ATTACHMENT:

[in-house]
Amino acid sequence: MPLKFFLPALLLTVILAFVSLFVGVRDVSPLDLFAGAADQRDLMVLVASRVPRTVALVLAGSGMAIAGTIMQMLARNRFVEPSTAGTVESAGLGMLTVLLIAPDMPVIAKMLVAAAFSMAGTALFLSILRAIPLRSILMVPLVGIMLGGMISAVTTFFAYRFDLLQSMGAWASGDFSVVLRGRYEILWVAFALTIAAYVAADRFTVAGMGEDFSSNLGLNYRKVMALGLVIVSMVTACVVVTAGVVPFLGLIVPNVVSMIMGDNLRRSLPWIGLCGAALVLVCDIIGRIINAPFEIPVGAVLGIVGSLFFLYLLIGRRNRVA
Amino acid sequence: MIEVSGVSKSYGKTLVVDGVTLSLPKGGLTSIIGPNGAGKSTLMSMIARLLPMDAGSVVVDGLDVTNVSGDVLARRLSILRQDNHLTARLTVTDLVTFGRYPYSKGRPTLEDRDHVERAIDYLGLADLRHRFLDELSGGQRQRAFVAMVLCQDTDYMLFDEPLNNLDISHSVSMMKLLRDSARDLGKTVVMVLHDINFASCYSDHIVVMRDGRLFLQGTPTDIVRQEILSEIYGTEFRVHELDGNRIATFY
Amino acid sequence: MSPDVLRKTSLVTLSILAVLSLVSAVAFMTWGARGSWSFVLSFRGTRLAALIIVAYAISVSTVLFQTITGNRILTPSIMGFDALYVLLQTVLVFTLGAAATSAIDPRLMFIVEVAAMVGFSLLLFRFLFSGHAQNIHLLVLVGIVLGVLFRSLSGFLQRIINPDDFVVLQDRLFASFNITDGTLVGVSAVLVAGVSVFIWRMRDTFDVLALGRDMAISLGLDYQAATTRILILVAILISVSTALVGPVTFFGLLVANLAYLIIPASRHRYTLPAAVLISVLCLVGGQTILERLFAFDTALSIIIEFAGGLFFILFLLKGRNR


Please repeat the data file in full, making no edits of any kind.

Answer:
[in-house]
Amino acid sequence: MPLKFFLPALLLTVILAFVSLFVGVRDVSPLDLFAGAADQRDLMVLVASRVPRTVALVLAGSGMAIAGTIMQMLARNRFVEPSTAGTVESAGLGMLTVLLIAPDMPVIAKMLVAAAFSMAGTALFLSILRAIPLRSILMVPLVGIMLGGMISAVTTFFAYRFDLLQSMGAWASGDFSVVLRGRYEILWVAFALTIAAYVAADRFTVAGMGEDFSSNLGLNYRKVMALGLVIVSMVTACVVVTAGVVPFLGLIVPNVVSMIMGDNLRRSLPWIGLCGAALVLVCDIIGRIINAPFEIPVGAVLGIVGSLFFLYLLIGRRNRVA
Amino acid sequence: MIEVSGVSKSYGKTLVVDGVTLSLPKGGLTSIIGPNGAGKSTLMSMIARLLPMDAGSVVVDGLDVTNVSGDVLARRLSILRQDNHLTARLTVTDLVTFGRYPYSKGRPTLEDRDHVERAIDYLGLADLRHRFLDELSGGQRQRAFVAMVLCQDTDYMLFDEPLNNLDISHSVSMMKLLRDSARDLGKTVVMVLHDINFASCYSDHIVVMRDGRLFLQGTPTDIVRQEILSEIYGTEFRVHELDGNRIATFY
Amino acid sequence: MSPDVLRKTSLVTLSILAVLSLVSAVAFMTWGARGSWSFVLSFRGTRLAALIIVAYAISVSTVLFQTITGNRILTPSIMGFDALYVLLQTVLVFTLGAAATSAIDPRLMFIVEVAAMVGFSLLLFRFLFSGHAQNIHLLVLVGIVLGVLFRSLSGFLQRIINPDDFVVLQDRLFASFNITDGTLVGVSAVLVAGVSVFIWRMRDTFDVLALGRDMAISLGLDYQAATTRILILVAILISVSTALVGPVTFFGLLVANLAYLIIPASRHRYTLPAAVLISVLCLVGGQTILERLFAFDTALSIIIEFAGGLFFILFLLKGRNR